So your kids are graduating from college. You’ve watched them “walk” and throw their caps high into the air. You’ve seen your bank balance drop considerably over these last few years but watching them receive their degrees has made the whole experience worth while. In a perfect world your child will find his/her way into their dream job and your job is done!
But it’s not a perfect world. In fact your children may decide to take a break and consider their options. If that’s the case, I would urge you to support them. Traveling helps them take on new experiences and then draw on them later when it comes to making career choices that will shape their future. The number of business ideas that students bring back from interacting with people all over the world cannot be overstated. It gives them a global awareness that will come in handy when entering the workforce. The best advice I could give any parent is to tell their child to spend time working on whatever they are passionate about in life. If their degree was focused in one particular area, don’t let that stop them from moving in another direction. Take advantage of any opportunity to expose your child to new experiences.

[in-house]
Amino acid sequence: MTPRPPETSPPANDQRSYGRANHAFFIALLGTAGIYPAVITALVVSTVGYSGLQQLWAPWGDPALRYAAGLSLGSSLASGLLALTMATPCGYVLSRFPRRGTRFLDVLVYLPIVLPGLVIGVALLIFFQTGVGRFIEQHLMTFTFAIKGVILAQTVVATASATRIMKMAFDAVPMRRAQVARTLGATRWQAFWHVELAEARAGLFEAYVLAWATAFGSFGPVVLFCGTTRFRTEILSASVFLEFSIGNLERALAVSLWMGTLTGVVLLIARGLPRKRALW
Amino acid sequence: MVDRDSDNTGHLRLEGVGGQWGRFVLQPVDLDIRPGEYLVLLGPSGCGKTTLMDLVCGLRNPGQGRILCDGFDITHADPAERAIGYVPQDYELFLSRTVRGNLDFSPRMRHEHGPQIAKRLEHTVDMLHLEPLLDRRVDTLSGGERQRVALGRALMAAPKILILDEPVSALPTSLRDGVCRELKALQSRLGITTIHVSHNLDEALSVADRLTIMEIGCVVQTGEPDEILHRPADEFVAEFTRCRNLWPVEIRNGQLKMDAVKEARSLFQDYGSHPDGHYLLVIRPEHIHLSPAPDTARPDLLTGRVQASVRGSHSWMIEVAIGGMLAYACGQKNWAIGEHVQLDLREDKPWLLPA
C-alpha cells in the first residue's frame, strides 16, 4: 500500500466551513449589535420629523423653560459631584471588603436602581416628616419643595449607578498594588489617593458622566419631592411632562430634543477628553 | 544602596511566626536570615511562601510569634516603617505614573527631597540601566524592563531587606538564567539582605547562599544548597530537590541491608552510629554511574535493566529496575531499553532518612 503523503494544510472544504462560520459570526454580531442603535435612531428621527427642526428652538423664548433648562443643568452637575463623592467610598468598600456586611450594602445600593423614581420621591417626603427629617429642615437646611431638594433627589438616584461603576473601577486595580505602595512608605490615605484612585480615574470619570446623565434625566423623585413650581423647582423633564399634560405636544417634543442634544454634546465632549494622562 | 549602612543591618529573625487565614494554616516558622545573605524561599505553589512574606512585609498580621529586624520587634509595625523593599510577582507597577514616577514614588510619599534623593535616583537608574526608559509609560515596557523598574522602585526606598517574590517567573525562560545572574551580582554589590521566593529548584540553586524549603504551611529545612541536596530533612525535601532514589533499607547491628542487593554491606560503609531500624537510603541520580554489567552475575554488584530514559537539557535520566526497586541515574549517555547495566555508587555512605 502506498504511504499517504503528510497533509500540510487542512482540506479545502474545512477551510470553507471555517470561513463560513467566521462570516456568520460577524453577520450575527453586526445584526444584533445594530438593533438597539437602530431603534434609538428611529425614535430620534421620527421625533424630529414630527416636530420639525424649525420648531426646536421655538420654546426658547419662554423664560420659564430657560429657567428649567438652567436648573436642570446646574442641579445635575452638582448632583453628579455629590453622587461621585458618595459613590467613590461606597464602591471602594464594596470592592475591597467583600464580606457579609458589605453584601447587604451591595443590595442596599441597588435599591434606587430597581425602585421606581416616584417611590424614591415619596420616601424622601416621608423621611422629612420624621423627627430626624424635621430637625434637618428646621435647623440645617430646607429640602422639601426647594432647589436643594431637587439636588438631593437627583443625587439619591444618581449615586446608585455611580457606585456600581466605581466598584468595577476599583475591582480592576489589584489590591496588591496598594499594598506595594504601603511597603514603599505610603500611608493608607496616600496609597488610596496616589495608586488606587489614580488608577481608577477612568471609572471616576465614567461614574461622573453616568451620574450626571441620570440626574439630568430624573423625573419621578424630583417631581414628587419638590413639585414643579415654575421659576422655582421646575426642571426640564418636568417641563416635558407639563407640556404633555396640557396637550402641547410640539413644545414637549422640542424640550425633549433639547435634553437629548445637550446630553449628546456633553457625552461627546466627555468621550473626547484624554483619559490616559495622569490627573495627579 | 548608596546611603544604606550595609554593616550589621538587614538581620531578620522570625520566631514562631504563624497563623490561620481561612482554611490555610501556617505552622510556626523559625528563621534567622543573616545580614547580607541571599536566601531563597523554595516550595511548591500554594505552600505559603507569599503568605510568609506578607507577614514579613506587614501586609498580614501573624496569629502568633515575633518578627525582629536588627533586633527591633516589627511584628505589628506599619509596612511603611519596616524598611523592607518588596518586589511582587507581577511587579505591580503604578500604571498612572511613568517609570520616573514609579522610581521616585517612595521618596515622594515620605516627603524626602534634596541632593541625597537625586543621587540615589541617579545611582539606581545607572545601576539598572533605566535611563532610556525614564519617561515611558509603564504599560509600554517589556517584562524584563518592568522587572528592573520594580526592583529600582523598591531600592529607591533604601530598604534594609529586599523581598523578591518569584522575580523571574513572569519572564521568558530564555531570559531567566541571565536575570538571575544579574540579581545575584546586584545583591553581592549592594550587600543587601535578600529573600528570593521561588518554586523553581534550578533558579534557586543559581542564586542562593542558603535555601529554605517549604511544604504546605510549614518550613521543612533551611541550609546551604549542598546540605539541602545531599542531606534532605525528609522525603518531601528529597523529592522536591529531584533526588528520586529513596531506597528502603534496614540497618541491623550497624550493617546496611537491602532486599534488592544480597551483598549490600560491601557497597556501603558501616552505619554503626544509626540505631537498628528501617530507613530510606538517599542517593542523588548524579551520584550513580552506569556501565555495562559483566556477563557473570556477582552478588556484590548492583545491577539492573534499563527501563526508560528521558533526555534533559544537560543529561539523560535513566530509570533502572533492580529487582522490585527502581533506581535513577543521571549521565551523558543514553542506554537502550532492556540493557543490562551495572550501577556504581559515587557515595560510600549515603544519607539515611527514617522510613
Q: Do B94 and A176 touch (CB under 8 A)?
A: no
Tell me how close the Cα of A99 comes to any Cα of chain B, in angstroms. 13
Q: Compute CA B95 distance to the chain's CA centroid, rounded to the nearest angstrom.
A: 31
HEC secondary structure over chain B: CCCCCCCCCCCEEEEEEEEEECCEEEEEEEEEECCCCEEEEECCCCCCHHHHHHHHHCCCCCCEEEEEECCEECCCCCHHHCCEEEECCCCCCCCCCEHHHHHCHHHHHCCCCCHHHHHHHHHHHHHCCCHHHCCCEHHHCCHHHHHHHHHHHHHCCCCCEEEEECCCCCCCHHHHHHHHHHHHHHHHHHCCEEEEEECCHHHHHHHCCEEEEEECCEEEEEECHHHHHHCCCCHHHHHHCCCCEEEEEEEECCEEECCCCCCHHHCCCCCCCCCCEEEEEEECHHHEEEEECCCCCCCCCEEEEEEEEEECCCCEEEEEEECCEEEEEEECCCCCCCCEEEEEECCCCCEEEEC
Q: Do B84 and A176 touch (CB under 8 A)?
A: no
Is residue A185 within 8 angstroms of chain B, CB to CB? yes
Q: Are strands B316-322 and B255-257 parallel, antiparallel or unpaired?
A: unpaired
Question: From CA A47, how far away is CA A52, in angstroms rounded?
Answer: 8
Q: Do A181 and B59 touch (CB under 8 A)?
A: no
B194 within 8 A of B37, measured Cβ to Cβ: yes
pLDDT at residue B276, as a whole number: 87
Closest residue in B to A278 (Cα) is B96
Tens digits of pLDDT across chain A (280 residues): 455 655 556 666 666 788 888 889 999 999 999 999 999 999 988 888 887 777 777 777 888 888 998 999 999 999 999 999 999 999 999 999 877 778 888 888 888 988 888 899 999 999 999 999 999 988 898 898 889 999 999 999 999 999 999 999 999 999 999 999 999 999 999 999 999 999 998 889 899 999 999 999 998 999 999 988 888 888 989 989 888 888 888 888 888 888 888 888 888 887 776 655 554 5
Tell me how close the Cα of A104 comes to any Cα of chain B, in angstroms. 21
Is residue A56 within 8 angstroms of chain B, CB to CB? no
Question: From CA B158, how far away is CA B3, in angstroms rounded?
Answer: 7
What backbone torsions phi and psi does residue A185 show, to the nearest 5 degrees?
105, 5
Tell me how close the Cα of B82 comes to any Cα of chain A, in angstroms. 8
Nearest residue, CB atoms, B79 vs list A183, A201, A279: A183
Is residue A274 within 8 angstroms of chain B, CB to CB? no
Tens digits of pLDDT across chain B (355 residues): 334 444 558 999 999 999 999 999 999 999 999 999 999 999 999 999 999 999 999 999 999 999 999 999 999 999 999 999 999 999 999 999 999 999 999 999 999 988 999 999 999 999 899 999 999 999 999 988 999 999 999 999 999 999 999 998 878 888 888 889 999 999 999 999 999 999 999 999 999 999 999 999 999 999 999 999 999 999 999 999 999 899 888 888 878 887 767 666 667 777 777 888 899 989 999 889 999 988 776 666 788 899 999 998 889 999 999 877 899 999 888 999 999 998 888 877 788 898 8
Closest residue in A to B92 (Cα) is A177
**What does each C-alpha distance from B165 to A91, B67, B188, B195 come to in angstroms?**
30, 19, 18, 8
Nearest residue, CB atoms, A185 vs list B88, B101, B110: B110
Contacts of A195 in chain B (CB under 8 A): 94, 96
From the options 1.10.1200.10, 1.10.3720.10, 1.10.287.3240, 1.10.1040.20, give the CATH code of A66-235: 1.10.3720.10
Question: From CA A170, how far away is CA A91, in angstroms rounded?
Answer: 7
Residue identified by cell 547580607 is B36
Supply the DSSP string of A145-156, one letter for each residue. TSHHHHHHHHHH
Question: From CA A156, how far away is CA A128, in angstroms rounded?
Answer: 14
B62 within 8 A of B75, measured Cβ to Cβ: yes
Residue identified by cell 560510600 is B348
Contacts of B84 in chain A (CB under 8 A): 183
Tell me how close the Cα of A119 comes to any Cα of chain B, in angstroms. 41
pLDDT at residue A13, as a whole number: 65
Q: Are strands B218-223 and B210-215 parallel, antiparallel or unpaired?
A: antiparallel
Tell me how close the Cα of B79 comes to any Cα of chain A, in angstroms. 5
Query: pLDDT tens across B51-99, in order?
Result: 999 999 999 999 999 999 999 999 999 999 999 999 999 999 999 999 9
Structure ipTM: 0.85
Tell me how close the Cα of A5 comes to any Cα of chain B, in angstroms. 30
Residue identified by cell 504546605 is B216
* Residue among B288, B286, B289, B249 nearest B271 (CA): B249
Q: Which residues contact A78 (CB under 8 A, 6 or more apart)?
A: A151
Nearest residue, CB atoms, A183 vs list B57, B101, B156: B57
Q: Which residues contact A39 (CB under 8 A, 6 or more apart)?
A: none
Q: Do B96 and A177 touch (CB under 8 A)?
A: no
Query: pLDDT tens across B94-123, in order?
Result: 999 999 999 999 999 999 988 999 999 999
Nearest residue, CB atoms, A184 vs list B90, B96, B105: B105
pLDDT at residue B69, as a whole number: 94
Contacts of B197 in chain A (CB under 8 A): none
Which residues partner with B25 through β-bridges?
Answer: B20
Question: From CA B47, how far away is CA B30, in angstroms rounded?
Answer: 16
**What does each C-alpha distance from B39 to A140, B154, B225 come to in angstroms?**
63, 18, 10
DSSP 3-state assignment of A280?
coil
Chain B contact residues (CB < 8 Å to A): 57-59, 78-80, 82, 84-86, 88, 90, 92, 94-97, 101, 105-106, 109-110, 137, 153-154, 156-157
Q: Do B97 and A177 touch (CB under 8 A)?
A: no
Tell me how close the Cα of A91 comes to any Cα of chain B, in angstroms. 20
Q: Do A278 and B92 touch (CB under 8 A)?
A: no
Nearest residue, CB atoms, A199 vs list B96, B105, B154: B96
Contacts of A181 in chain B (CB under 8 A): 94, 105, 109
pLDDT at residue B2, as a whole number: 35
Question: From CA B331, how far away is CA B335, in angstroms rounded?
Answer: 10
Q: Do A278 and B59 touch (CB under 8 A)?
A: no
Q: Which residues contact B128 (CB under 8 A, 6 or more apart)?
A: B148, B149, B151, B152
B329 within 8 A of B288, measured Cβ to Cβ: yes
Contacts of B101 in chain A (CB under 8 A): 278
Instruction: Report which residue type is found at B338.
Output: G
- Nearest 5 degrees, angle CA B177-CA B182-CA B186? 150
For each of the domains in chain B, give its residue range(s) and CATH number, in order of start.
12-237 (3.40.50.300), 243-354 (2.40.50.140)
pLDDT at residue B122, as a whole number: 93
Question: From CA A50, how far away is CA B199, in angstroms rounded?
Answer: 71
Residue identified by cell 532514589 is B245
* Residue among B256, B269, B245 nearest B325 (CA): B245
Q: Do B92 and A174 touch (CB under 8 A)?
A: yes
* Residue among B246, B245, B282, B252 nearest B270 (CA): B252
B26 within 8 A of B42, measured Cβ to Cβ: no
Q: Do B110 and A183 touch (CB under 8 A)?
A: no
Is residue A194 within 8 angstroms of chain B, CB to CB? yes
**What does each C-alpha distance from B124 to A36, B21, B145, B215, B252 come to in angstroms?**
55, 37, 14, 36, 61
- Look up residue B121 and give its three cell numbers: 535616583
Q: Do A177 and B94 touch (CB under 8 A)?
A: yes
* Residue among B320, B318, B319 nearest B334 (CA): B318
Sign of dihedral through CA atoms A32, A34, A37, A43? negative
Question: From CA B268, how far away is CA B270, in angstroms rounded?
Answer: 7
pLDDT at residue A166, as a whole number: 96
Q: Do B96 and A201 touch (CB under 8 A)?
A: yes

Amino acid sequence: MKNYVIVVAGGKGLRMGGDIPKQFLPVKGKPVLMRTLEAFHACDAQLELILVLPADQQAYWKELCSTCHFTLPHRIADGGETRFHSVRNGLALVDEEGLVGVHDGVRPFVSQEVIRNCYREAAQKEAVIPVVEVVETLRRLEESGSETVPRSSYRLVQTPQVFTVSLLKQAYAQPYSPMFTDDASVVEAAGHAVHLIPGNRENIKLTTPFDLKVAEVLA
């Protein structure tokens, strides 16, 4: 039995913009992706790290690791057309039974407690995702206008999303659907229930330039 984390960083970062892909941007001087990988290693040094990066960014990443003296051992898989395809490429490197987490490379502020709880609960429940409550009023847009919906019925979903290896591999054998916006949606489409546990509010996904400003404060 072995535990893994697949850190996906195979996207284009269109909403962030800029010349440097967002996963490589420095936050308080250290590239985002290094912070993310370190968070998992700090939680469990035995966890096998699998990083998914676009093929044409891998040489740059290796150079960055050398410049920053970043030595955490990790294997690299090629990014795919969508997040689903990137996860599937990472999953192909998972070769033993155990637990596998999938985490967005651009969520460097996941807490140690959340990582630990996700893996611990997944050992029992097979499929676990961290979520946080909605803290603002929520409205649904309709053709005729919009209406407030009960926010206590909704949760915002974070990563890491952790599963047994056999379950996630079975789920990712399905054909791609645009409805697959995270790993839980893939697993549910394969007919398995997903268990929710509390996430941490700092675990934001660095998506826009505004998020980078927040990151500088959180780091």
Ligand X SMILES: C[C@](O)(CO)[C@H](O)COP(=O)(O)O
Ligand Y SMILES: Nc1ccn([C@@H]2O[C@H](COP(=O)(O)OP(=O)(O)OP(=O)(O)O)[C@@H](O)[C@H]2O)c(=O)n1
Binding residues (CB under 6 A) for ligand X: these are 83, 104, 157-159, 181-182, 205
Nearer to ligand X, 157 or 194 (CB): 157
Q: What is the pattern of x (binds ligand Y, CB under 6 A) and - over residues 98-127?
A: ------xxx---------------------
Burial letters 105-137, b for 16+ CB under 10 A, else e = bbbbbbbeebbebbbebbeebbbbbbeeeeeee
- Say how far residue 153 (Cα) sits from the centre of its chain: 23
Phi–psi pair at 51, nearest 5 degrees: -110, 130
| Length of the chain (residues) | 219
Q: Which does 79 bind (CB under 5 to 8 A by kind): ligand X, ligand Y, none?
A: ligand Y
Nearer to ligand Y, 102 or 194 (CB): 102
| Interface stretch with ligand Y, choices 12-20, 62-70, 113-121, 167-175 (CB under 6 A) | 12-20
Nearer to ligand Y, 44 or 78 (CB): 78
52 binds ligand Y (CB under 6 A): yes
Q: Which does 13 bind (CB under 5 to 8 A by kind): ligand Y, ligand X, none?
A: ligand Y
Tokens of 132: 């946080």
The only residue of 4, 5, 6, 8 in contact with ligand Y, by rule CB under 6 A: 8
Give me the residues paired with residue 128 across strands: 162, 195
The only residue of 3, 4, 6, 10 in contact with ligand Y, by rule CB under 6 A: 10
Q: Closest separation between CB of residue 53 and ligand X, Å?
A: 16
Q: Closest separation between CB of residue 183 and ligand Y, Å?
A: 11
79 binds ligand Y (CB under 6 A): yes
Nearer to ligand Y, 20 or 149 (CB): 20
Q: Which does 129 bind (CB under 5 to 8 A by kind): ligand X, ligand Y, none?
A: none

My father took me to an exhibition at the Serpentine Gallery in London when I was eight. They were showing the work of Carl Andre. The exhibit comprised one-hundred-and-twenty bricks, arranged in two layers, in a six-by-ten rectangle. I turned to my father and asked him what this was. He told me it was art. Years later, after much traveling I found my way to America and opened a gallery, thank you dad for planting the seed.
Later, raising two kids and having to navigate the school system I found a niche in the market that no one had thought to fill: writing books on schools. This had already been done in England and was called “The Good School Guide”. So I brought the idea here, changed it a little and it worked!
The message needs to be strong and clear from you as parents. “Be ambitious, inquisitive and continue to learn throughout your life.” Coming out of university these days with a degree doesn’t guarantee a job. I often hear about the college graduate who returns home with no immediate prospects, plan or direction. I say, give them the money that it would cost you to house them and send them away for 6 months to a year. There probably won’t be another time in their lives where they have such freedom to explore and learn.
Their goal should be to use these travels to help discover their path in life. Our leaders of industry are not always doing such a great job. Our children are the leaders of the future. We have to encourage them to be whatever they want to be and wherever possible, point them in the right direction. Make those introductions. Take them to those important functions. Treat them like adults and you will be amazed at what they can do.